AMD’s Radeon RX 6000 ‘Big Navi’ performance tease reveals an RTX 3080 rival

Today’s AMD event may have been Zen 3’s big reveal, but the company tossed a juicy bone to the Radeon faithful, too. After announcing the beastly Ryzen 9 5900X (among others), CEO Lisa Su then showed off gameplay footage of Borderlands 3 running on the CPU at 4K resolution with an undisclosed Radeon RX 6000-series graphics card. And yes, Internet, AMD’s “Big Navi” goes toe-to-toe even with Nvidia’s brutally fast GeForce RTX 3080.

The mysterious Radeon RX 6000 GPU averaged 61 frames per second even with the game running on its punishing “Badass” performance preset. Su also revealed that the Ryzen/Radeon combo hit 88 fps in Call of Duty: Modern Warfare (an Nvidia-partnered title) and 73 fps in Gears 5 on Ultra visual presets. AMD plans to announce the Radeon RX 6000-series “Big Navi” graphics cards formally on October 28 in a dedicated event.

In a call before the Zen 3 event, Radeon chief Scott Herkelman told me that AMD decided to tease Big Navi’s performance due to community demand for more information. It certainly was an eye-opening reveal.

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That’s fast.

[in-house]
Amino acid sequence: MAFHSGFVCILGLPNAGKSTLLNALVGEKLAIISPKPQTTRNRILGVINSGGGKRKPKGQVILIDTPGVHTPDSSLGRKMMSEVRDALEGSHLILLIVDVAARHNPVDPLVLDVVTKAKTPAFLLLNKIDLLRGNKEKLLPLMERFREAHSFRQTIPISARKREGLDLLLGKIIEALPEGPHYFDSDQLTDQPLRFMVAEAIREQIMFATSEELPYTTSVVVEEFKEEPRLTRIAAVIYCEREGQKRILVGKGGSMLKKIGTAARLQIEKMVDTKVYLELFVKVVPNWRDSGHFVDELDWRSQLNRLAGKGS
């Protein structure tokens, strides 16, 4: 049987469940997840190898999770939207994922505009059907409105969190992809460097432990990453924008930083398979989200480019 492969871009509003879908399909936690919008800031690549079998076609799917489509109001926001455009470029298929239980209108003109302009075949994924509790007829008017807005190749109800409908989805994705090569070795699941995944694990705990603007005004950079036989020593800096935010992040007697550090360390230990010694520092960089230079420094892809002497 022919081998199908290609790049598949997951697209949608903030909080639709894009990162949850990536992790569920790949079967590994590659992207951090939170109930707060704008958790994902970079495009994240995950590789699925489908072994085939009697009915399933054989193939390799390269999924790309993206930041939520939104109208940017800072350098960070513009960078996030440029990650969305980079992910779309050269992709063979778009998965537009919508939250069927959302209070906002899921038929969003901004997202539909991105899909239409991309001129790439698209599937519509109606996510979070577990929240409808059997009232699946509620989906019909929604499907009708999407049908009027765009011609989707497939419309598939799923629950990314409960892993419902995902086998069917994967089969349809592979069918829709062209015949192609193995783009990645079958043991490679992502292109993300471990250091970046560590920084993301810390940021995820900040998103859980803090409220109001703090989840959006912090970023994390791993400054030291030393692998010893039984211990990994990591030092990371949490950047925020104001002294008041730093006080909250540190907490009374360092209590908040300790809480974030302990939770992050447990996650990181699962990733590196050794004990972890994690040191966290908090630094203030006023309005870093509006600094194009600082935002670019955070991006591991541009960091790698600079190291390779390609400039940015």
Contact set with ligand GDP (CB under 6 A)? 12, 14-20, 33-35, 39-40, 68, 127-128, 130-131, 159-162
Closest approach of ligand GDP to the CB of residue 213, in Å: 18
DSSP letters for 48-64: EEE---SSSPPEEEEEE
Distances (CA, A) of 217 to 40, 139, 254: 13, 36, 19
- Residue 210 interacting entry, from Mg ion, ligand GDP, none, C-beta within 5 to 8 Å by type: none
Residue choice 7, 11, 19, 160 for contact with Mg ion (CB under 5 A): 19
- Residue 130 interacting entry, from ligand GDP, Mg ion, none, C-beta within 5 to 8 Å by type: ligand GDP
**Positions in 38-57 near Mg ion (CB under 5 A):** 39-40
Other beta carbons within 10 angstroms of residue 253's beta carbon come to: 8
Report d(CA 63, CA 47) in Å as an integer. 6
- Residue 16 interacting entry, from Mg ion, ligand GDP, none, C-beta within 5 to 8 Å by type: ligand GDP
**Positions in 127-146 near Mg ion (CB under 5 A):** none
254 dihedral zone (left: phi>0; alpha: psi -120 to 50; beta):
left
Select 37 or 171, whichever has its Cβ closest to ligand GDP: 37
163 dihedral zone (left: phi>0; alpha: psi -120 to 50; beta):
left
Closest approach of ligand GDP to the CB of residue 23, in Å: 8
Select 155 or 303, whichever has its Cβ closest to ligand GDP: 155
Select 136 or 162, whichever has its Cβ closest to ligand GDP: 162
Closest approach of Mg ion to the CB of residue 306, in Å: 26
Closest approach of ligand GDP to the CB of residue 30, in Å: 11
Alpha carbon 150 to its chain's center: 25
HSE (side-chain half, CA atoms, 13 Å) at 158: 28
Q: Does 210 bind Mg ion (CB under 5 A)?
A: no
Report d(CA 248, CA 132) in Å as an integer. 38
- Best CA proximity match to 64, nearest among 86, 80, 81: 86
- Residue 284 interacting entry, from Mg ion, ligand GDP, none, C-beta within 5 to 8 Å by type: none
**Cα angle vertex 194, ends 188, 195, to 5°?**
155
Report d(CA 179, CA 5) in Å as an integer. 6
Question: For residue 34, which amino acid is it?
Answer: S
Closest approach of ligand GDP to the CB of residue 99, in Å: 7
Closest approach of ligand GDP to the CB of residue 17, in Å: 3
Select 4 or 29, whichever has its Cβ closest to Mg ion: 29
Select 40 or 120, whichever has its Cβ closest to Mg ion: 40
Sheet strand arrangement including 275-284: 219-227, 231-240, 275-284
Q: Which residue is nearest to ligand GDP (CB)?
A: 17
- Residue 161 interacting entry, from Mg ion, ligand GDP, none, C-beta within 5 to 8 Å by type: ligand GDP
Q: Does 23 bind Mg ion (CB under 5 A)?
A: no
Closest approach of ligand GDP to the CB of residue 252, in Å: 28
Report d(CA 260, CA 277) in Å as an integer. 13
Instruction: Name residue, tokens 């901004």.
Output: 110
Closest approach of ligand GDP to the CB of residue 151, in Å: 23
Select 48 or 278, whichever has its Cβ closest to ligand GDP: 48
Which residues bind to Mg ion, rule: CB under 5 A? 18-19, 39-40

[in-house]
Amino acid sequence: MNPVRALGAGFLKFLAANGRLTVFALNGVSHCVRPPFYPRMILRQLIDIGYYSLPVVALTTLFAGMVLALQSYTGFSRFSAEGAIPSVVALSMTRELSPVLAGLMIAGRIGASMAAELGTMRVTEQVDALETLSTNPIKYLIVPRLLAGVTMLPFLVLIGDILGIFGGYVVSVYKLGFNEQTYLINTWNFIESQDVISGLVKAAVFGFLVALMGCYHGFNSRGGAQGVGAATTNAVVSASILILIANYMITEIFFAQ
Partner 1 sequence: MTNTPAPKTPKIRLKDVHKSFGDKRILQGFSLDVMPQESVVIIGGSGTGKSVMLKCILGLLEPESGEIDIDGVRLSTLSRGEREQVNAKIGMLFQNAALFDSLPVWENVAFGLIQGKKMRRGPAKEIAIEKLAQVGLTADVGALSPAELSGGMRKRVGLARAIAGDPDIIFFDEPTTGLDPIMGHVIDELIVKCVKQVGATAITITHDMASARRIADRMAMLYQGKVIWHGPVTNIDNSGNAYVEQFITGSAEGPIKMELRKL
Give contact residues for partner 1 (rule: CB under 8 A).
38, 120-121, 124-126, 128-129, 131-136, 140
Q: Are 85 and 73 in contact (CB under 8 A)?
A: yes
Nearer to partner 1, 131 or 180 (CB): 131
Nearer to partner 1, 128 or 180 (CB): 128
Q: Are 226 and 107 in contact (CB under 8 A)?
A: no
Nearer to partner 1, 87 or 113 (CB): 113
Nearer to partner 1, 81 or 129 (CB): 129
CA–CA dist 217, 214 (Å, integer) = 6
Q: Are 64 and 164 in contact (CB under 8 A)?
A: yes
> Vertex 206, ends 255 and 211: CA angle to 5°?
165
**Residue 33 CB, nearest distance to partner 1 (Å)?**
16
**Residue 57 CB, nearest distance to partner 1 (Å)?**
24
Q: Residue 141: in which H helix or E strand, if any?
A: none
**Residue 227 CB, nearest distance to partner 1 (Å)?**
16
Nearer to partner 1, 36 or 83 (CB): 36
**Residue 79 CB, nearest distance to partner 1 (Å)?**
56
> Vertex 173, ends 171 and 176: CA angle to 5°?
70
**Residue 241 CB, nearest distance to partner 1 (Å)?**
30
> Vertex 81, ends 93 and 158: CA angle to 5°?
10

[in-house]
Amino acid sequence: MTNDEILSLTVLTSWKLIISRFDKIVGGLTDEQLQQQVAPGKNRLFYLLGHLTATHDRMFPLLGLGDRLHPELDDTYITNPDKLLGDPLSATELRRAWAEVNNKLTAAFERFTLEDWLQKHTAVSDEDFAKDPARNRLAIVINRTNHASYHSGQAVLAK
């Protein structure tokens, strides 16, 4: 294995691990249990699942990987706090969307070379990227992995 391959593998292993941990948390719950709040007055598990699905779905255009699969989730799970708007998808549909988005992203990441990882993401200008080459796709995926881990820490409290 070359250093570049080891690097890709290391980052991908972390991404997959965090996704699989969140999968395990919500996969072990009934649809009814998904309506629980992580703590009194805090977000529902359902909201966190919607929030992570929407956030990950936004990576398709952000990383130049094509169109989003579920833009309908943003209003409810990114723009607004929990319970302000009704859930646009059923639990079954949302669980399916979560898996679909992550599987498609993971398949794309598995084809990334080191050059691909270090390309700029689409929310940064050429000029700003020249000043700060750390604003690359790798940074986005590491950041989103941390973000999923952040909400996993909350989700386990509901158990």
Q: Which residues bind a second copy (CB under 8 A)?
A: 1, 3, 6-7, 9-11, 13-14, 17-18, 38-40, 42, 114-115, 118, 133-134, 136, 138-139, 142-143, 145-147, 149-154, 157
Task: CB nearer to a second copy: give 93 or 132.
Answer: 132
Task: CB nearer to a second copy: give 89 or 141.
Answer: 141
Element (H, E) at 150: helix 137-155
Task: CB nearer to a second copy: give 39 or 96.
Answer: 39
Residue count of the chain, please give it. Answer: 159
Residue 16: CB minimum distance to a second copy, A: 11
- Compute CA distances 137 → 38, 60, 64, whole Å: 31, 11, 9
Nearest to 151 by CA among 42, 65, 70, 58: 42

Hexus tested the $700 GeForce RTX 3080 in Gears 5 and Borderlands 3 using the same visual presets as AMD did with this Radeon RX 6000 preview, on AMD’s Ryzen 9 3950X. The RTX 3080 hit 59.4fps in Borderlands 3, compared to the Radeon RX 6000’s 61fps in this preview. In Gears 5, the RTX 3080 hit 77fps, compared to the Radeon RX 6000’s 73fps. The processor makes a difference, though, because in Eurogamer’s GeForce RTX 3080 review with a Core i9-10900K, Nvidia’s card hit 65fps in Borderlands, and 80fps in Gears 5

That seemingly puts AMD’s upcoming card neck-and-neck with Nvidia’s staggeringly powerful gaming flagship, depending on the processor it’s paired with. That’s damned impressive—but it’s important to understand what AMD didn’t reveal today, too.

Dissecting the AMD vs. Nvidia chess match

Most importantly, Herkelman stressed that AMD didn’t state which Radeon RX 6000 graphics card ran these benchmarks. We don’t know whether these results come from the biggest Big Navi GPU, or a more modest offering. (Herkelman also said there’s still fine-tuning left to do before launch.) AMD’s Ryzen 9 5900X, the CPU used for the tease, also hasn’t been tested by independent reviewers.

Processors largely aren’t a performance limiter at lofty 4K resolutions, but as we showed earlier, they can affect performance results. That means that pitting AMD’s benchmarks against Hexus and Eurogamer’s is not a straightforward apples-to-apples comparison. It’s also worth noting that all three games that Su showed off in the Radeon RX 6000 teaser run on DirectX 12, rather than the more common DX11 graphics API.

While this could be a best-case showing for AMD’s forthcoming graphics cards, it could also be AMD’s sly attempt to set the stage with a best-case showing for Nvidia’s rival RTX 3080.

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